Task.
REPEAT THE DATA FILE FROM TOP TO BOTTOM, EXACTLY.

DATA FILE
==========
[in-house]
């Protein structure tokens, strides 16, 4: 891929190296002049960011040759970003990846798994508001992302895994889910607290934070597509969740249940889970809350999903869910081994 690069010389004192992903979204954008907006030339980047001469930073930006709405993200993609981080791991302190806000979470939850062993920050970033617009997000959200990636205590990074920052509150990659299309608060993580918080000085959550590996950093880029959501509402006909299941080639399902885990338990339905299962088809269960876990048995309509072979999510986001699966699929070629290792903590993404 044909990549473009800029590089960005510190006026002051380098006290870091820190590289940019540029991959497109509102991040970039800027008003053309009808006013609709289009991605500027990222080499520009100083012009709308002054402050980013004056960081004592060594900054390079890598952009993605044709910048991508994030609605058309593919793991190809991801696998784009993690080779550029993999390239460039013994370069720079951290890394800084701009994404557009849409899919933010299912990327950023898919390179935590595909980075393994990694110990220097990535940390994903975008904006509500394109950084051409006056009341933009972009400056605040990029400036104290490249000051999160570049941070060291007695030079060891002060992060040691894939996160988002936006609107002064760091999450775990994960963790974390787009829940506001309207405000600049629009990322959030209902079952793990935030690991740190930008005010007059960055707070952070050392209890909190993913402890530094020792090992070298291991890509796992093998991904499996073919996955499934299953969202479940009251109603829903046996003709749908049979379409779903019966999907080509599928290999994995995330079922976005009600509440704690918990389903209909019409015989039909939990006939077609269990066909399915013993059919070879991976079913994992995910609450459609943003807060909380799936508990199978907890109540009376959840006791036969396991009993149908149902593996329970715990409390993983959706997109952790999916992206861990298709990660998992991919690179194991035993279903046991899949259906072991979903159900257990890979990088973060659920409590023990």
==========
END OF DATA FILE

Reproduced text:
[in-house]
């Protein structure tokens, strides 16, 4: 891929190296002049960011040759970003990846798994508001992302895994889910607290934070597509969740249940889970809350999903869910081994 690069010389004192992903979204954008907006030339980047001469930073930006709405993200993609981080791991302190806000979470939850062993920050970033617009997000959200990636205590990074920052509150990659299309608060993580918080000085959550590996950093880029959501509402006909299941080639399902885990338990339905299962088809269960876990048995309509072979999510986001699966699929070629290792903590993404 044909990549473009800029590089960005510190006026002051380098006290870091820190590289940019540029991959497109509102991040970039800027008003053309009808006013609709289009991605500027990222080499520009100083012009709308002054402050980013004056960081004592060594900054390079890598952009993605044709910048991508994030609605058309593919793991190809991801696998784009993690080779550029993999390239460039013994370069720079951290890394800084701009994404557009849409899919933010299912990327950023898919390179935590595909980075393994990694110990220097990535940390994903975008904006509500394109950084051409006056009341933009972009400056605040990029400036104290490249000051999160570049941070060291007695030079060891002060992060040691894939996160988002936006609107002064760091999450775990994960963790974390787009829940506001309207405000600049629009990322959030209902079952793990935030690991740190930008005010007059960055707070952070050392209890909190993913402890530094020792090992070298291991890509796992093998991904499996073919996955499934299953969202479940009251109603829903046996003709749908049979379409779903019966999907080509599928290999994995995330079922976005009600509440704690918990389903209909019409015989039909939990006939077609269990066909399915013993059919070879991976079913994992995910609450459609943003807060909380799936508990199978907890109540009376959840006791036969396991009993149908149902593996329970715990409390993983959706997109952790999916992206861990298709990660998992991919690179194991035993279903046991899949259906072991979903159900257990890979990088973060659920409590023990």